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[email protected]: The optimal human diet? | Big beef's 'battle' with cultured, alternative meat

5@5: The optimal human diet? | Big beef's 'battle' with cultured, alternative meat
Each day at 5 p.m. we collect the five top food and supplement headlines of the day, making it easy for you to catch up on today's most important natural products industry news.

Is there an optimal diet for humans?

Apparently not. Research published in the journal Obesity Reviews has found that the habits, diets and physical activity levels of hundreds of small-scale societies whose lifestyles are much like ancient populations all contribute to excellent overall health. While some communities ate mostly meat, others consumed complex carbohydrates for the majority of their daily calories. In all instances, the high level of physical activity common in hunter-gatherer societies coupled with a focus on unprocessed foods leads to a high metabolic rate and a low overall chance of falling ill with common Western diseases such as diabetes and heart failure. Read more at The New York Times …


Big beef prepares for battle as interest grows in plant-based and lab-grown meats


Plant-based meat substitutes have become more and more, well, meat-like, making this once-niche sector appealing for meat-eaters and vegetarians alike. But now big beef is facing another threat: Meat grown entirely in laboratories. By obtaining just a few cells from the living animal, consumers will be able to chow down on Wagyu beef and Bluefin tuna at a fraction of the cost. Read to find out big beef and other animal products-based companies’ reaction to the whole situation, as well as the state of cell-cultured meat’s regulation. Read more at NPR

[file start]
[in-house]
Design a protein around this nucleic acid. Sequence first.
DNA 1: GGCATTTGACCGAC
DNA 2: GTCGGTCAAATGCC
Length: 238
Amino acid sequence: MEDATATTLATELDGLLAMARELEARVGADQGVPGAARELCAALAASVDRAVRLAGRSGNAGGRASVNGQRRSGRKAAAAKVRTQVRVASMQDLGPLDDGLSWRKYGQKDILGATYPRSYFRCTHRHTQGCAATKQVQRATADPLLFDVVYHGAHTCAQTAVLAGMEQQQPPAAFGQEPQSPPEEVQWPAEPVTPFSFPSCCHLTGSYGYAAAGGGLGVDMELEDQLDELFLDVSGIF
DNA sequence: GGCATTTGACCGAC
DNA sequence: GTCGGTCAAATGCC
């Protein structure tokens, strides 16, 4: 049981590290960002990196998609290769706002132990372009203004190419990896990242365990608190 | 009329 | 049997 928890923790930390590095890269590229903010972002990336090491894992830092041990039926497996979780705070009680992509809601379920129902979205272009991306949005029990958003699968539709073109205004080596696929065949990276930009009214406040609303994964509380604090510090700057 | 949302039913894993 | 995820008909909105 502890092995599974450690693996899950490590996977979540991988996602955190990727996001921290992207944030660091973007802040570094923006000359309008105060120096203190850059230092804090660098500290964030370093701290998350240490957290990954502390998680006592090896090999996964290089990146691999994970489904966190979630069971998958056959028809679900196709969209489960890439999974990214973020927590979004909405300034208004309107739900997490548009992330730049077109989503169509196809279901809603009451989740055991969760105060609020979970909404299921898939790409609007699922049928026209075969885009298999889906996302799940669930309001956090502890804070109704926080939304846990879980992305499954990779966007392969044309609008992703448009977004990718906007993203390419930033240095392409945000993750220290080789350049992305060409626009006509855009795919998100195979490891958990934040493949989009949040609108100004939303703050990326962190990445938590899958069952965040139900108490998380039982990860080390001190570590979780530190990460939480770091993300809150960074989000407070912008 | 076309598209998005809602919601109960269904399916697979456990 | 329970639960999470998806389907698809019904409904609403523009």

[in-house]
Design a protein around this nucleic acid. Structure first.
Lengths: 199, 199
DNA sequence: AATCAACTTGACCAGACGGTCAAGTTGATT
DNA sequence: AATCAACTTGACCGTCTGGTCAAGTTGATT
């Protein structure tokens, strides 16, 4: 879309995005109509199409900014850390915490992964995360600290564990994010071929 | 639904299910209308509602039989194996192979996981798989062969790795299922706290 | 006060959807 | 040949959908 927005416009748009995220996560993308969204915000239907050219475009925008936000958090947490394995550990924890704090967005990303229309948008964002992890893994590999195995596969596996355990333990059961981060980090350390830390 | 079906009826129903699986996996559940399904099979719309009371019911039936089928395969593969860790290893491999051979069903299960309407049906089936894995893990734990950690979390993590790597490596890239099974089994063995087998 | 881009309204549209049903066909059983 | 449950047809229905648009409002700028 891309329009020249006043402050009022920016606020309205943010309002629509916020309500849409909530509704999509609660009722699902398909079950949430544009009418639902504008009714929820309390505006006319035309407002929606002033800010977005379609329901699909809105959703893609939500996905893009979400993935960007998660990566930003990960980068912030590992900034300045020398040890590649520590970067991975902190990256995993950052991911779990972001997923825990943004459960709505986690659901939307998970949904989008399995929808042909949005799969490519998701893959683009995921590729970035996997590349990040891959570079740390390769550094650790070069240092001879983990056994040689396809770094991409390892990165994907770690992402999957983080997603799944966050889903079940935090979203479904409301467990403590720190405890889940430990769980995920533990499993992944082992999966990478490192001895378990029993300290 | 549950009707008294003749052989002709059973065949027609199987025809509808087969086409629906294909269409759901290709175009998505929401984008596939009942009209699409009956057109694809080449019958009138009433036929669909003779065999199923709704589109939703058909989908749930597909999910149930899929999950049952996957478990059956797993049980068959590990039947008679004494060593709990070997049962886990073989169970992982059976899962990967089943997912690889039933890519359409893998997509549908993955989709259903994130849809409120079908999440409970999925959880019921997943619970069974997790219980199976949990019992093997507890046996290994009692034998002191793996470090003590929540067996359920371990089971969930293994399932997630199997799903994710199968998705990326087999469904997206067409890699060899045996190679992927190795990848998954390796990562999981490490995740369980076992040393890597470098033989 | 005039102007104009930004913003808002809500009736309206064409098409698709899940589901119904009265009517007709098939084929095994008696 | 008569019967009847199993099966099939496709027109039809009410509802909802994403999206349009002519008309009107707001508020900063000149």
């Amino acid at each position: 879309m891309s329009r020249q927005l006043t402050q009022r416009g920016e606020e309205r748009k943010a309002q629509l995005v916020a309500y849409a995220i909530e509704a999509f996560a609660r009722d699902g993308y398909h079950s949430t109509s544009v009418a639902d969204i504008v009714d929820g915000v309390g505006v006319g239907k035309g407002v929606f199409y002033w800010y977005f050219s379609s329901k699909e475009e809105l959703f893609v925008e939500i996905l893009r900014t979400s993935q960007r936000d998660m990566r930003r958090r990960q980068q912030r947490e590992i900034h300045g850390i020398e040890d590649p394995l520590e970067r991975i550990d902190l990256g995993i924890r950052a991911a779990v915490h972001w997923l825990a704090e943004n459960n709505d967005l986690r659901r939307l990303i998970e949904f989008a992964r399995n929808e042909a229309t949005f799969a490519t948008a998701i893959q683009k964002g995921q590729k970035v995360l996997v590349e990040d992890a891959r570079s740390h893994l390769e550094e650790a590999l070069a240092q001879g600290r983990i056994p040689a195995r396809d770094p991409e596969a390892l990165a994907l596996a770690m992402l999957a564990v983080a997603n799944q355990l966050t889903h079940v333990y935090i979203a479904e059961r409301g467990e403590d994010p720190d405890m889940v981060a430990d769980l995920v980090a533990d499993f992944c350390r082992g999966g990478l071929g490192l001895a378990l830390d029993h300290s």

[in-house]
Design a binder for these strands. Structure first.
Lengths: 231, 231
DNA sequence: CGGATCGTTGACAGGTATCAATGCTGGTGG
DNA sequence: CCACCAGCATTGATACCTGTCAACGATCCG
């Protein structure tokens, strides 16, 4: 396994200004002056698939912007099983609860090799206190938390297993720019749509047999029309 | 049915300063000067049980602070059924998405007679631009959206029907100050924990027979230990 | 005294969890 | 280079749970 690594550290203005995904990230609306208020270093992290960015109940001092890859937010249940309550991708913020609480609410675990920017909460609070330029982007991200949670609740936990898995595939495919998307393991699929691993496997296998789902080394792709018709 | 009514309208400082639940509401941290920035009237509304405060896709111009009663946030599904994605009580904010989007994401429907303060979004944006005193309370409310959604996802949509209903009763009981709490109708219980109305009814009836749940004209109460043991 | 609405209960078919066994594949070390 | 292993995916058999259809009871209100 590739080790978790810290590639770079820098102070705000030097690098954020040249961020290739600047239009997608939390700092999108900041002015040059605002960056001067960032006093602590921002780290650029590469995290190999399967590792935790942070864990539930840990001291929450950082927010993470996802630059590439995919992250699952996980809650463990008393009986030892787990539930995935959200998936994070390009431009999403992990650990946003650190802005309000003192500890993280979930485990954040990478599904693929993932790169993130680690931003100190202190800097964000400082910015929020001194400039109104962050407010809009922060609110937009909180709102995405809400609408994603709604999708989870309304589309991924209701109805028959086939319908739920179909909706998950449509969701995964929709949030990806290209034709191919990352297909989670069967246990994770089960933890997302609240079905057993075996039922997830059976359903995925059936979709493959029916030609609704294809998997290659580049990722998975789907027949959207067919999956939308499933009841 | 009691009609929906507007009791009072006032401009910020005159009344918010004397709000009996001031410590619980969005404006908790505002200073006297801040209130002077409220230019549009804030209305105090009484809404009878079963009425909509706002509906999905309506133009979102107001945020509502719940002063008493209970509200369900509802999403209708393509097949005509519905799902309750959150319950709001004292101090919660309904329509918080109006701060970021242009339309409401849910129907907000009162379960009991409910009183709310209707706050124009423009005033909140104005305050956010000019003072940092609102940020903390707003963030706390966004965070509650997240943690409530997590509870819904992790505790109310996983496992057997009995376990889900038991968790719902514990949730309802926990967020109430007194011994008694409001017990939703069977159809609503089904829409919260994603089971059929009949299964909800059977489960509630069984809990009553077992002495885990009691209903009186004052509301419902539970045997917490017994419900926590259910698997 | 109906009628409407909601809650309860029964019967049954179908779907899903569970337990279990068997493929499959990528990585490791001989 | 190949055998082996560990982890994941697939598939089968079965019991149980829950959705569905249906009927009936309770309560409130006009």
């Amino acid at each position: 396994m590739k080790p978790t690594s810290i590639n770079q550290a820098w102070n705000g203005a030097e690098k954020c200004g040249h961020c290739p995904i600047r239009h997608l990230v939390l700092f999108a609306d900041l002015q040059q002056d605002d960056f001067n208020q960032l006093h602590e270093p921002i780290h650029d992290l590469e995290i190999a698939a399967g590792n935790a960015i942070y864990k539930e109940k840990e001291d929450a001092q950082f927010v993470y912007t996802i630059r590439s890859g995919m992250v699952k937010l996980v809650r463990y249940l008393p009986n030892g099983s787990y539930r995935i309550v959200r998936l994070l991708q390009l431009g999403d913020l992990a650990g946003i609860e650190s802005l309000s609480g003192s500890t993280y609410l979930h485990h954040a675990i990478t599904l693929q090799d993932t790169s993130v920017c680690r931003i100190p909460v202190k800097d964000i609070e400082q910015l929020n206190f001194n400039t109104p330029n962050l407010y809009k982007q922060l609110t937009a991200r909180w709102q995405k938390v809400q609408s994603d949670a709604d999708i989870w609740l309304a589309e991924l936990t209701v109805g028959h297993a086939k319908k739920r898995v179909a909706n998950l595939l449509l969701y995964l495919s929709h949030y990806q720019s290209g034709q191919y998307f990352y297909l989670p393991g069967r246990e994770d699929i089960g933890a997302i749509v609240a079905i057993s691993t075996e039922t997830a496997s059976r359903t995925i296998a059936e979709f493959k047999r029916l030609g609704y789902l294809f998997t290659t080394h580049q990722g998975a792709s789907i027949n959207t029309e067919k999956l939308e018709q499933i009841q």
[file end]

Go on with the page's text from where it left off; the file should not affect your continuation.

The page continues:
Is that the fish you think it is? Investigation finds widespread mislabeling at the seafood counter

A new report shows that consumers in New York supermarkets are often paying more for mislabeled types of fish. For example, farm-raised salmon that is being marketed as wild-caught salmon by supermarkets and then sold at a higher price point. Not only is the diminished quality of the fish a factor, but consumers are also being misled in terms of whether or not they are making environmentally sustainable choices. Read more at ABC News …


Amazon is struggling to make online grocery profitable

The retail behemoth has spent over 10 years trying to grow its online grocery presence with AmazonFresh, but the company is still struggling to make a dent in the market. Its thwarted efforts in this sector, however, are “a testament to the ways competing grocers have stepped up their online and in-store offerings.” In fact, by the end of 2018 around 90 percent of consumers are expected to have access to online grocery shopping, which is a 30 percent increase from last year.  Read more at Grocery Dive  ...


Food delivery startup Swiggy raises $1B more from Naspers, Tencent and others

South African investment giant Naspers has led a $1 billion investment in Swiggy, a food delivery service that operates in more than 50 cities in India. The deal is “the largest investment in a food delivery company outside of China,” and the capital will purportedly be used for hiring machine learning and engineering talent, as well as furthering Swiggy’s AI technology. Read more at Tech Crunch  

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